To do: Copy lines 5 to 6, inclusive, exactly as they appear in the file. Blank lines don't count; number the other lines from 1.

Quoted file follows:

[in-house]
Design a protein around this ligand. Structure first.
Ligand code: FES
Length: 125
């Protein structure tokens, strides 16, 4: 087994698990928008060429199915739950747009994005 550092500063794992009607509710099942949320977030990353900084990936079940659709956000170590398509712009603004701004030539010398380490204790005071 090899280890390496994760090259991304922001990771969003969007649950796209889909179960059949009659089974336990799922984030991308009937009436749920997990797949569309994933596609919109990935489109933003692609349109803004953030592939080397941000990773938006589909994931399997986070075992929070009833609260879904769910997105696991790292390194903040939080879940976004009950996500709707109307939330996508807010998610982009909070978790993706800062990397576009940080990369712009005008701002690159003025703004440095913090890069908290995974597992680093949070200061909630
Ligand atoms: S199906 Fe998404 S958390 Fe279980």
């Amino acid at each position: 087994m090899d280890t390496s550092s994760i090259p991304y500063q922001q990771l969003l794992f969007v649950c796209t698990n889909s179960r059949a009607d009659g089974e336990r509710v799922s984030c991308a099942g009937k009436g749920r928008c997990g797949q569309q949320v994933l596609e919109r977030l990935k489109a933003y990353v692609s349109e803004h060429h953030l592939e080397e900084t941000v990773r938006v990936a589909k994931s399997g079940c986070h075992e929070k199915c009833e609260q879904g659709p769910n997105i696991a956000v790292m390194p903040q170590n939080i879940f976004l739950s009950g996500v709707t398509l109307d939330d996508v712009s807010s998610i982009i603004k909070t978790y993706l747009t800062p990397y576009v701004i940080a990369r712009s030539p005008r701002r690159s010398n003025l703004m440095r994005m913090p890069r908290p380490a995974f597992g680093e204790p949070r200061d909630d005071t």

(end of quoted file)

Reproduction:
């Protein structure tokens, strides 16, 4: 087994698990928008060429199915739950747009994005 550092500063794992009607509710099942949320977030990353900084990936079940659709956000170590398509712009603004701004030539010398380490204790005071 090899280890390496994760090259991304922001990771969003969007649950796209889909179960059949009659089974336990799922984030991308009937009436749920997990797949569309994933596609919109990935489109933003692609349109803004953030592939080397941000990773938006589909994931399997986070075992929070009833609260879904769910997105696991790292390194903040939080879940976004009950996500709707109307939330996508807010998610982009909070978790993706800062990397576009940080990369712009005008701002690159003025703004440095913090890069908290995974597992680093949070200061909630
Ligand atoms: S199906 Fe998404 S958390 Fe279980």